European nations weigh offering Iran a light-water nuclear reactor
Wednesday, May 17, 2006
VIENNA, Austria -- European nations on Tuesday weighed adding a light-water reactor to a package of incentives meant to persuade Tehran to give up uranium enrichment -- or face the threat of U.N. Security Council sanctions.
Senior diplomats and European Union officials said the plans were being discussed by France, Britain and Germany as part of a proposal to be presented to representatives of the five permanent U.N. Security Council members at a meeting in London. The diplomats and EU government officials spoke on condition of anonymity because of the confidential nature of the information.
In Washington, State Department spokesman Sean McCormack said a "package" was being prepared for Iran's consideration that would give Tehran a choice between intransigence and a "pathway of cooperation." He declined to say whether a light-water reactor would be offered.
McCormack said Tehran would be required to halt its program of enriching and reprocessing uranium on Iranian soil.
saying the U.S. and others "do not want the Iranian regime to have the ability to master those critical pathways to a nuclear weapon."
Hojjatollah Soltani, second secretary of the Iranian Embassy in Venezuela, said such a proposal would acceptable only if it "only if they recognize our right to (use) nuclear technology" -- including uranium enrichment.
Those in Europe who spoke to The Associated Press emphasized the possible offer was tentative, complex and depended on demonstrated good nuclear behavior by Iran over a protracted time.
"It's much more complicated than simply saying the EU is going to offer light-water reactors" to Iran, said one European government official, declining to elaborate.
A French official suggested everything depended on Iran's readiness to discuss details in new negotiations between the Europeans and Tehran, and said it could take years to build any such facility.
"We are not going to offer them a finished reactor," he told the AP. "For the moment, one can only identify large general categories (of cooperation) and only if they say that they are interested ... can we start to discuss the details," he said. "Otherwise, we are putting the cart before the horse."
The London meeting of Security Council representatives was originally scheduled for Friday. But officials from several different nations told The Associated Press on Tuesday that it might be delayed to next week to allow the United States, Russia and China to work out their differences.
A light-water reactor is considered less likely to be misused for nuclear proliferation than the heavy water facility Iran is building at the city of Arak, which -- once completed by early 2009 -- will produce plutonium waste.
Still, light-water reactors are not proliferation-proof, because they are fueled by enriched uranium, which can be processed to make highly enriched "weapons-grade" material for nuclear warheads.
Iran recently managed to produce what is believed to be its first batch of low-enriched uranium. Concerns were heightened last week by the revelation that International Atomic Energy Agency inspectors found traces of uranium enriched to levels higher than used for fuel -- although not yet weapons-grade -- at a former research facility linked to the Iranian military.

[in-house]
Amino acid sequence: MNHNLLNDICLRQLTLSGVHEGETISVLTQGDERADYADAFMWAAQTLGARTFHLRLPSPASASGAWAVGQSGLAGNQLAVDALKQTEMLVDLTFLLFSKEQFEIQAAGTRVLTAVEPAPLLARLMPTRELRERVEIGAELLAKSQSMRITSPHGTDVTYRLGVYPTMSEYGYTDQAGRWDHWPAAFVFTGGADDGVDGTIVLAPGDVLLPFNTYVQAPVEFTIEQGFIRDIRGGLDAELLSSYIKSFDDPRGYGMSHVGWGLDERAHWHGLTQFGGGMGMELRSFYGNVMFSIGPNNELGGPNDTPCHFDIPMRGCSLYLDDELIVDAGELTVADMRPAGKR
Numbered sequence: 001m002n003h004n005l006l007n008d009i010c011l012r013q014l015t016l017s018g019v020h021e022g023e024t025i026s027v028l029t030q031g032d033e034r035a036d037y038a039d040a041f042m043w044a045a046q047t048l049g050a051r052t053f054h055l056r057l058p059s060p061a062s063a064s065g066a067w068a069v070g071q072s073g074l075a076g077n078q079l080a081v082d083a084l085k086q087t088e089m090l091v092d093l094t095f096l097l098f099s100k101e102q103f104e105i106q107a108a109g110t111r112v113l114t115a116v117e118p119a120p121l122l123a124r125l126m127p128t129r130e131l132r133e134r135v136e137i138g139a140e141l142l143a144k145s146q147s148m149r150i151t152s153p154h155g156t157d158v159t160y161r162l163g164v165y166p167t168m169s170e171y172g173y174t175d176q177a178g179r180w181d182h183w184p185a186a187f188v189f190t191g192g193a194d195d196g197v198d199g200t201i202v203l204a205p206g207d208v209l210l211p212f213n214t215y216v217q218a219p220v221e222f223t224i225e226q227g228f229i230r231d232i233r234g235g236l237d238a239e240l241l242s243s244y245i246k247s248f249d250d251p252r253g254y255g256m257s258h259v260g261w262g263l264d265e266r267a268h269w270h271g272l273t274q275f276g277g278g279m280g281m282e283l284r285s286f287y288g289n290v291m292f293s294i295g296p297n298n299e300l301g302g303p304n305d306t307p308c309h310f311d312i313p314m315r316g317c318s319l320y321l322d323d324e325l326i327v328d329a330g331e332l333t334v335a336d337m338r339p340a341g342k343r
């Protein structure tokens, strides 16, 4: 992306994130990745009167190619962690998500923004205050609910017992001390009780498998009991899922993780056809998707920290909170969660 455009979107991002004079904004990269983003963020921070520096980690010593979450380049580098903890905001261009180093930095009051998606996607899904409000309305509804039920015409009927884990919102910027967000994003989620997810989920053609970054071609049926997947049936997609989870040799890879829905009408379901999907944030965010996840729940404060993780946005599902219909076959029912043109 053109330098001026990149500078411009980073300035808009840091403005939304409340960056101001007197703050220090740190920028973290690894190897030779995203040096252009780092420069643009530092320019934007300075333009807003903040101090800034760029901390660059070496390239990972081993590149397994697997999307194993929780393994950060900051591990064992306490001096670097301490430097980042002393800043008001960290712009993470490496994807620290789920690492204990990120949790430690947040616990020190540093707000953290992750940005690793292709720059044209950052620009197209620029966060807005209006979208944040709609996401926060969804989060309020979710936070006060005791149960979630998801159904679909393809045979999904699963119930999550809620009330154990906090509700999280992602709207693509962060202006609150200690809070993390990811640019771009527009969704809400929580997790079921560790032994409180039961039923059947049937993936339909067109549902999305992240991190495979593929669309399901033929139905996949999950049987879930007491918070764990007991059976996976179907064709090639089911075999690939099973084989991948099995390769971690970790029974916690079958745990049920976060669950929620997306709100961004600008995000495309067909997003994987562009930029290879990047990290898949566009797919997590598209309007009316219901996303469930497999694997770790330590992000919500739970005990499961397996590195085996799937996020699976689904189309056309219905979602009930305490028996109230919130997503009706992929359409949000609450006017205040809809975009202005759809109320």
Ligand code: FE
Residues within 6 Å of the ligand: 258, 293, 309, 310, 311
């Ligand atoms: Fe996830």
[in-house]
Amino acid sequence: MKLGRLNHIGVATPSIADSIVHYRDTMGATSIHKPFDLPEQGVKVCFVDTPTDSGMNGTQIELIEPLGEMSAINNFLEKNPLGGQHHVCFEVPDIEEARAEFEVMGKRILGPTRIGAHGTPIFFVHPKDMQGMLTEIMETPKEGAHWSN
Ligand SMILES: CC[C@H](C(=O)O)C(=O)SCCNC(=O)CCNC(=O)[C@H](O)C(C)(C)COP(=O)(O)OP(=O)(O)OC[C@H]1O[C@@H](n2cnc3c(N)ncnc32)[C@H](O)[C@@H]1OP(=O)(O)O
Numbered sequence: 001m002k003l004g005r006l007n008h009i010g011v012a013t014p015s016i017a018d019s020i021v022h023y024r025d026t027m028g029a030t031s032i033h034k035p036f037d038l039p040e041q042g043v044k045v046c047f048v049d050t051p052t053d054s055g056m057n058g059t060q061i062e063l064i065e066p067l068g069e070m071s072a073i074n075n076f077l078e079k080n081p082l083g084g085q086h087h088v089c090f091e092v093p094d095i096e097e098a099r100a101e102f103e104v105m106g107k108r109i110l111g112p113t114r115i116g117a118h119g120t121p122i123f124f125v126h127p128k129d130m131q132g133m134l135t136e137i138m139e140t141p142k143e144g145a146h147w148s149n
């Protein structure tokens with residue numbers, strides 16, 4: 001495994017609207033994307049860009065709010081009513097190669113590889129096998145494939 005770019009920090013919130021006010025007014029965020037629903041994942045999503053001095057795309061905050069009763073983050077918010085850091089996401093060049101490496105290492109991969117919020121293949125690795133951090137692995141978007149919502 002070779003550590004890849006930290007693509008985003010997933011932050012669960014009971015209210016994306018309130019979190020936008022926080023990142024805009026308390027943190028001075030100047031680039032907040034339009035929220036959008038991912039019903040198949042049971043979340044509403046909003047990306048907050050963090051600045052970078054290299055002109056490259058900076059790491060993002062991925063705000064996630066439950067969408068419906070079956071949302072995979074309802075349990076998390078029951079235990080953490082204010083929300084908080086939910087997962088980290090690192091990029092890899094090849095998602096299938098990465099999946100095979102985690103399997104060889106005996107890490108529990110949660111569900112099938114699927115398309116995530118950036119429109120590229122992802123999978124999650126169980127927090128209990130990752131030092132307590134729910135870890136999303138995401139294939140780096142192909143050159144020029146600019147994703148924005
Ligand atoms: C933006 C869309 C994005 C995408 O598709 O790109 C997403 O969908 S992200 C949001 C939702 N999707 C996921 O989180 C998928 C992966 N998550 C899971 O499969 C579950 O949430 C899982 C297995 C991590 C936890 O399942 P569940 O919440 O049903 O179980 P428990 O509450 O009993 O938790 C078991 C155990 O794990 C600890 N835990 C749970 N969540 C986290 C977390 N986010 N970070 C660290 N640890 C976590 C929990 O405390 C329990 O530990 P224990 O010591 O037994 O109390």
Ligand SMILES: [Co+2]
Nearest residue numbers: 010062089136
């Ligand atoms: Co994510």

Fears that Iran's nuclear program could be used to make weapons are at the center of international attempts to strip Tehran of ambitions to enrich uranium domestically. Any European offer of one or more light-water reactors would have to be conditional on Iran setting aside its enrichment plans and accepting foreign deliveries of low-enriched uranium for fuel -- something it has steadfastly rejected.
Washington has been at the forefront of moves to pressure Iran to give up domestic enrichment and has in recent months swung behind a proposal from Moscow to provide Tehran with fuel-grade uranium produced in Russia.
The United States was behind a similar offer to North Korea in the 1990s, when it proposed building two light-water reactors if Pyongyang gave up a plutonium-producing heavy water research reactor. The offer was ultimately withdrawn after the United States claimed North Korea had embarked on a second, secret weapons-development program.
John Bolton, the U.S. ambassador to the United Nations, said any tentative offer "will be made as part of a package of carrots and sticks," adding that all components were subject to approval by participants at the London talks.
Bolton has been a key proponent of tough Security Council action unless Iran renounces enrichment, including a militarily enforceable resolution packing the threat of sanctions. However, the United States last week agreed to a new European effort to entice the Iranians back to the negotiating table in an attempt to secure Russian and Chinese backing for tough council actions.
In the latest sign of persisting differences, Russian Foreign Minister Sergey Lavrov said Tuesday that Beijing and Moscow will not vote for the use of force in resolving the nuclear dispute.
In a gesture to Tehran, Lavrov also said Iranian President Mahmoud Ahmadinejad will attend a summit next month in Shanghai of leaders from Russia, China and four Central Asian nations.
"We cannot isolate Iran or exert pressure on it," Lavrov told reporters. "Far from resolving this issue of proliferation, it will make it more urgent."
Associated Press Writers John Leicester in Paris, Barry Schweid in Washington, Nick Wadhams at the United Nations, Charles Hutzler in Beijing, and Fabiola Sanchez in Caracas, Venezuela, contributed to this report.